Celebrating 30 years of education at Glyndebourne

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2016 marks 30 years since the creation of Glyndebourne’s education department. Here we look back at three decades of pioneering work, which continues today.

‘…the company’s educational wing still leads the field.’
—The Guardian, March 2016
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In this short film education participants and staff talk about 30 years of outstanding achievements:


The beginning

While the roots of education work at Glyndebourne date back to the 1950s when the company performed in Lewes prison, it was not until 1986 that the education department officially sprang to life, led by Katie Tearle.


Katie Tearle in an Albert Herring workshop, 1986. Photo: Guy Gravett.

Set up to complement Glyndebourne’s touring activities, the department has expanded to become a year-round operation and is responsible for a large percentage of our new commissions, many of which are performed on the main stage.

Four key ingredients appear in varying quantities throughout Glyndebourne’s education work:

  • Finding and supporting talent
  • Innovation
  • Research, including a long-standing relationship with the University of Sussex
  • Broadening access to opera, through close work with local partners including our two nearest music hubs, SoundCity and East Sussex Music


30 trailblazing years

Across three trailblazing decades, Glyndebourne’s education work has enabled more than 3,000 amateur singers and instrumentalists to take part in performance projects, seen commissions for 32 different composers and won four prestigious awards.

Work with schools has been at the heart of education activity from the start and continues today with regular Performances for Schools, which have introduced more than 30,000 children to live opera since 2006.


A Performance for Schools at Glyndebourne. Photo: Sam Stephenson.

For Glyndebourne Festival and Tour audiences, first-hand experience of the work of the education department might first come from pre-performance talks and events.

Other people from the local community might get involved through Raise Your Voice, a long-running programme for dementia sufferers and their carers that provides access to the life-enhancing benefits of singing and opera.



Pioneering participatory opera

Looking back, one strand of work stands out as truly pioneering.

When Glyndebourne undertook its first full-scale community opera Hastings Spring in 1990, community opera was still in its infancy, making the project one of the most ambitious undertaken by any opera company in the country to date.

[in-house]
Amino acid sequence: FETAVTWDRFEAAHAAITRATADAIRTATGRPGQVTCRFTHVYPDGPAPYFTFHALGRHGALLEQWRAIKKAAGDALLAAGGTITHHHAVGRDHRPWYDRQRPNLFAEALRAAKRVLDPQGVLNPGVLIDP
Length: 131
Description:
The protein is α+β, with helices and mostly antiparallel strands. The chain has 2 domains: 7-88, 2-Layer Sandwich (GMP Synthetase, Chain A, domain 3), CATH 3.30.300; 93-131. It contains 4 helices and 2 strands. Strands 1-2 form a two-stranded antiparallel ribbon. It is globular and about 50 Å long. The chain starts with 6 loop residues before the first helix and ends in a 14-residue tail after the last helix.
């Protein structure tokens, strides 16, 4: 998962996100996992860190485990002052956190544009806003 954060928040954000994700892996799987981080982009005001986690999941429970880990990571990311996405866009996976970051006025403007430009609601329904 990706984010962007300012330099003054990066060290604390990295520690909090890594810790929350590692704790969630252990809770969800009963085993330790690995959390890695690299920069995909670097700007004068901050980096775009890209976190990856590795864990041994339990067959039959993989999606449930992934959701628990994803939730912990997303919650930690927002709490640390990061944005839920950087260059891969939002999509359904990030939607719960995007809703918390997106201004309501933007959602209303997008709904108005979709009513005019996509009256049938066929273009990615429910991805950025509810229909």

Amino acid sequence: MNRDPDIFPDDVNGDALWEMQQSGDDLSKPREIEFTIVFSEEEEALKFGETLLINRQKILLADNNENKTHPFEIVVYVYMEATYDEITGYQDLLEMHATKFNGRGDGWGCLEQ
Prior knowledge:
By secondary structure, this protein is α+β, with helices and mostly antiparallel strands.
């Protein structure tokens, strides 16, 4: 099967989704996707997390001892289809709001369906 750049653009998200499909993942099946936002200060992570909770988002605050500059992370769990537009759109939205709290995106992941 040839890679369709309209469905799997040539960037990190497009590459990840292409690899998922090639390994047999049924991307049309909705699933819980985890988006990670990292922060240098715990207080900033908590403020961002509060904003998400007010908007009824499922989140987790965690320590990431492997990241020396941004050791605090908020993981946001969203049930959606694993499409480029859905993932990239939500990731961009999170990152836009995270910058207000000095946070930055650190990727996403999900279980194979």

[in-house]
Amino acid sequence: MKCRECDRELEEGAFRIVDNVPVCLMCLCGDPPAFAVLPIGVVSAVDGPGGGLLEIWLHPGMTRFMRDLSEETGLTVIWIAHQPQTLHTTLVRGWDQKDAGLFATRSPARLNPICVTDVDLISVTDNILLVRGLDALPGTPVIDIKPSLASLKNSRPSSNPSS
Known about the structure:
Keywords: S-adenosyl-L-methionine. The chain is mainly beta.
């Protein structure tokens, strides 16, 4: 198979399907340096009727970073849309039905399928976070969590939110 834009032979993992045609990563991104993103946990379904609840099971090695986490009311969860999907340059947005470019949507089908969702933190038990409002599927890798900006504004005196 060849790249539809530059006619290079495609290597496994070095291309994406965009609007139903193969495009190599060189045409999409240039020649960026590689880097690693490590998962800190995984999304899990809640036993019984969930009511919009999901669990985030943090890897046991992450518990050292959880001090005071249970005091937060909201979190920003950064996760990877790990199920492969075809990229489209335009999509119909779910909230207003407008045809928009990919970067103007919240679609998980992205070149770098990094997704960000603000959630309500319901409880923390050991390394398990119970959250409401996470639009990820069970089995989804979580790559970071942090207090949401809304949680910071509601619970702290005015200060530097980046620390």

The first in a series of site-specific community opera projects with composer Jonathan Dove, the production featured over 250 amateur performers from the local community and took place on Hastings Pier. Fittingly we’ve been back in 1066 country this year to help deliver a brand new community opera, PUSH.


Hastings Spring, 1990. Photo: Tom Fenn.

Hastings Spring was the first in a long line of ambitious and exciting participatory opera projects that includes Zoë (2000), Knight Crew (2010), Imago (2013) and, earlier this year, Nothing.

‘Looking back we can say that the education department here really pioneered how participatory opera evolved in the UK.’
—Lucy Perry, Head of Education at Glyndebourne

The success of another of these community operas, 1997’s Misper, led to the formation of a youth opera group, now known as Glyndebourne Youth Opera (GYO).

Offering local young people the chance to take part in opera workshops and performance projects, GYO is the bedrock of Glyndebourne’s efforts to nurture local talent, providing participants with the skills and experience needed to pursue professional training should they wish to.


Glyndebourne Youth Opera workshop. Photo: Sam Stephenson.



Celebrating in 2016

Education projects that have taken place during this anniversary year include:

  • The world premiere of Nothing, a new youth opera by composer David Bruce and librettist Glyn Maxwell performed by 43 members of GYO alongside five professional singers. Talented young instrumentalists played alongside Southbank Sinfonia in the orchestra pit. A hit with audiences and critics, the production was the perfect start to the anniversary year and has just been shortlisted at the 2016 British Composer Awards.
  • The launch of two new awards for young singers, the winners of which were announced on 15 October.
  • The production of new community opera PUSH, composed by Howard Moody and directed by Simon Iorio, in partnership with Battle Festival.
  • The performance of A Garden Dream by Lewis Murphy, Glyndebourne’s Young-Composer-in-Residence, by members of Glyndebourne Youth Opera during the long interval at three performances of the 2016 Glyndebourne Festival production of A Midsummer Night’s Dream.
  • The appearance of four GYO members in the 2016 Glyndebourne Festival production of The Cunning Little Vixen, following successful coaching in preparation to audition as professionals for the parts.
  • The recruitment of local choirs from across England to sing in performances of Don Giovanni: Behind The Curtain, a new event for Glyndebourne Tour 2016 offering a behind-the-scenes exploration of how an opera is staged.

Anniversary celebrations continue in November with a special event for anyone who has taken part in an education project over the past three decades. Register with the Glyndebourne education alumni scheme to find out more. You can read stories from some of those who have already been in touch here.


We’re currently in the middle of a month-long social media campaign, sharing highlights from across three decades of work.

Follow along and share your memories using the hashtag #30Years30Days on Twitter, Facebook or Instagram.